The first drafts in semiotic of law were drawn by Felix E. Oppenheim in 1944, it has been constitued by an analogy with semiotic of logic and mathematic language systems. Semiotic such understood, found its theoricien in Ch. W. Morris and R. Carnap who divided semiotic in syntaxic, semantic and pragmatic. This theory was an application of mathematic methodology to the science of natural languages and artificial languages. But since Br.Wrobleski we may divide the legal semiotic between semiotic of legal language and semiotic of the language of the jurists. But semiotics as project of grammar of law comes from a distinct tradition, essentially from linguistic of F. de Saussure, L. Hjelmslev, E. Benveniste and anthropology with C. Levy-Strauss. This approach globaly qualified as structural is original regarding the choice of its subject matter and its level of analysis. First, in that sens semiotic is not a science of signs, but much more a science of the signification. But signification is every where, speeches, behaviour, every phenomena in the world has some signification. It is the case for law. And semiotic intends to approach the legal phenomenum in its globality, that is to say as the main social signifying dimension. This very ambitious project implies a choice of level of analysis closed to those which has been adopted in legal theory and sociology of law. If the legal semiotic may bring to the jurists some elements of description of what law is, it enrichers the understanding allowing to compare methodologically some different types of normative speeches to other social practices. Thus, very numerous are the problems traditionnally studied by legal theory whose legal semiotic may given some responses or at least some complementary lights.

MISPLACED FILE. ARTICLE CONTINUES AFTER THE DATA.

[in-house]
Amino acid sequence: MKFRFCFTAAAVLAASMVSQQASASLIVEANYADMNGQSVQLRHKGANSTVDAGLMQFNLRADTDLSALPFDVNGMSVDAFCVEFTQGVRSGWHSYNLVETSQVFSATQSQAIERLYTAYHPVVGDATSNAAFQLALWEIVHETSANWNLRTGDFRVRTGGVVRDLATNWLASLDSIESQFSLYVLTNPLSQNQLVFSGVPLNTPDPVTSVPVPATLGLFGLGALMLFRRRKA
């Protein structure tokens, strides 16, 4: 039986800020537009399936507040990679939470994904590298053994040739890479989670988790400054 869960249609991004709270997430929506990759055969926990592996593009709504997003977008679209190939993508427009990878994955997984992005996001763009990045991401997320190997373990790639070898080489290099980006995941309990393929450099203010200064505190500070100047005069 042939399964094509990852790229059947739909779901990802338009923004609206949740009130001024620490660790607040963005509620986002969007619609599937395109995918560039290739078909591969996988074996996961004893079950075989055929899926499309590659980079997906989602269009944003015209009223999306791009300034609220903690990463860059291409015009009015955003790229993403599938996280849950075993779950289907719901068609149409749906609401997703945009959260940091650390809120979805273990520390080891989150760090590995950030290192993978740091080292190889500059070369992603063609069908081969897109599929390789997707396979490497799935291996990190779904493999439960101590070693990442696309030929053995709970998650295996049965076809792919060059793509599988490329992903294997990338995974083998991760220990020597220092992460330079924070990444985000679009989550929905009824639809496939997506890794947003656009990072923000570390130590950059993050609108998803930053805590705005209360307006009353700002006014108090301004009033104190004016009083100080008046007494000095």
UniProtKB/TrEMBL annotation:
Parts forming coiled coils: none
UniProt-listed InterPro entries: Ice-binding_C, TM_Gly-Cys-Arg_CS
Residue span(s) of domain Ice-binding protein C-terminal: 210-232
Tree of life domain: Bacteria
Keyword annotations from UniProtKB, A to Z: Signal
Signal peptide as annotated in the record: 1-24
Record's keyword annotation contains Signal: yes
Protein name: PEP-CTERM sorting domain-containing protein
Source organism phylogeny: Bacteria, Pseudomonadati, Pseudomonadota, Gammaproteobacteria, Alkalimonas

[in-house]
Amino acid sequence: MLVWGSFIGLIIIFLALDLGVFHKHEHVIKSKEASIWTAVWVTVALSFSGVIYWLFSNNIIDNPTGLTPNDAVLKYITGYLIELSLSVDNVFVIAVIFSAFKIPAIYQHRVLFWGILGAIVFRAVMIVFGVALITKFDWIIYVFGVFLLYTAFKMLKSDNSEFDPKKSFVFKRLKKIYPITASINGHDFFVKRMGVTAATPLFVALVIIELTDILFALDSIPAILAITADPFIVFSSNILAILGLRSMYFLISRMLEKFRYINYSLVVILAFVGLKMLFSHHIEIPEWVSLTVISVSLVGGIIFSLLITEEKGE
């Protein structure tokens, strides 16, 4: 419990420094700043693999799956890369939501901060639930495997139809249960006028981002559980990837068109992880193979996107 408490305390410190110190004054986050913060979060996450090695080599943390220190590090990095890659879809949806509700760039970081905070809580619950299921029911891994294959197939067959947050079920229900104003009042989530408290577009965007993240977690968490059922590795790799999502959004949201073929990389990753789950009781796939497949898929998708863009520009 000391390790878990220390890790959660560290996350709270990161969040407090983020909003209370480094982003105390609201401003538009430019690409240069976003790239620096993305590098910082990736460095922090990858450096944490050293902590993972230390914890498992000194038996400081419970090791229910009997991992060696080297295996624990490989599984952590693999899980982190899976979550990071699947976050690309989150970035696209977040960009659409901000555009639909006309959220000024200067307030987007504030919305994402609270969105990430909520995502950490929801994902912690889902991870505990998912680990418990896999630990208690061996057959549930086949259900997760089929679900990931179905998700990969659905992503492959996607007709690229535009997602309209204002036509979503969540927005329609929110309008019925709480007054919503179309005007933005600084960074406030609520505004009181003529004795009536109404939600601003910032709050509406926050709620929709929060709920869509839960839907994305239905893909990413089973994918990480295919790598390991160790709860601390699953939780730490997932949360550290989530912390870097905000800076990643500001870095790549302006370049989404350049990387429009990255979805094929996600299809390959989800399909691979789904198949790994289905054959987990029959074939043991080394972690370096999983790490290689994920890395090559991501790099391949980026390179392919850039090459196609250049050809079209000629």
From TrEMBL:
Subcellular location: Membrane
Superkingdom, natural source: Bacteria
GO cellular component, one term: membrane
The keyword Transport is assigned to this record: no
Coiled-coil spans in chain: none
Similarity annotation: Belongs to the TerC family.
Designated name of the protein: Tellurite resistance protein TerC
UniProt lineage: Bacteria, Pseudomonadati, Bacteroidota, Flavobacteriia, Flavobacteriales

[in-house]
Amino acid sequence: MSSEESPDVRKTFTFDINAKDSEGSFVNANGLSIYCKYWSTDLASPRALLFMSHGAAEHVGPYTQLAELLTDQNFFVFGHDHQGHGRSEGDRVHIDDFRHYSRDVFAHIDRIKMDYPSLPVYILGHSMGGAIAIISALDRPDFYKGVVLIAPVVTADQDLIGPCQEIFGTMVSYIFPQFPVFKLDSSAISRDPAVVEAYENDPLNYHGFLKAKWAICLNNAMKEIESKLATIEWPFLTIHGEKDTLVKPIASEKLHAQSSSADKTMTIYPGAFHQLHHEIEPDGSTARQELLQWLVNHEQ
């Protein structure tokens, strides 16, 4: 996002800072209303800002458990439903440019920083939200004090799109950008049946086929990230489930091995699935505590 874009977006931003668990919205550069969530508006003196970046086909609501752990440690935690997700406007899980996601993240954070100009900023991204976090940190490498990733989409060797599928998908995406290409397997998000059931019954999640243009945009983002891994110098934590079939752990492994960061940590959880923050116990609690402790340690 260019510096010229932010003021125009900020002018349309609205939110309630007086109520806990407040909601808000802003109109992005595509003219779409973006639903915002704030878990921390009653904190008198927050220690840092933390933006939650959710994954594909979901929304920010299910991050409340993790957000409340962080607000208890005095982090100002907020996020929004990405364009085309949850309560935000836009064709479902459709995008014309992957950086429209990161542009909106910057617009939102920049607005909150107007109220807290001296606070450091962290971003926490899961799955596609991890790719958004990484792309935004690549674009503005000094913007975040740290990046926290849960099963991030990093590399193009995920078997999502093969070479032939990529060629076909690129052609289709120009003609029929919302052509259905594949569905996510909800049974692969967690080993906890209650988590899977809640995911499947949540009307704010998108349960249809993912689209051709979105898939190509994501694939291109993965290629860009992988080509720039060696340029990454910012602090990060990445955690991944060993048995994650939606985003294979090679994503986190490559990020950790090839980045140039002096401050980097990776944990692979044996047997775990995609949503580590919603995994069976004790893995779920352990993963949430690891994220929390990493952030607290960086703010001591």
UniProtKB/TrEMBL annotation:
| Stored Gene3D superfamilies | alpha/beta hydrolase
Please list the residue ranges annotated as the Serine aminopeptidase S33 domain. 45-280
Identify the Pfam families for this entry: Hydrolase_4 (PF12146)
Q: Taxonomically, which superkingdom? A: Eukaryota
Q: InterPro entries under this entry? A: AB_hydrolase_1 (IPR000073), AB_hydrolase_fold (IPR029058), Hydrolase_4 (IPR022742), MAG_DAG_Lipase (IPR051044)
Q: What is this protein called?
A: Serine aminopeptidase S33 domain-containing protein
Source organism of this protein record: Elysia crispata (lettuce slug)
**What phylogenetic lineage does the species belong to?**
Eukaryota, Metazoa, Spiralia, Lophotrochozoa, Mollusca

Here our concern is about knowing wether semiotic may be a radical criticism to legal positivism or complementary?

For Bernard S. Jackson "semiotics is a radical criticism to legal positivism". Though, for the application of semiotic to law, he explains that three elements must be combined. The first is a positivist methodology in that sens, it needs to be used in the presence of an empirical subject matter well defined, texte or other signifying object; the second is naturalistic epistemology, in the extent that the "structures élémentaires de la signification" get an extreme cararacter of generality; the third is a realistic ontology in that sens that there is no for the semioticien, in the analisys, to consider an other reality than the significations belonging to the studied object.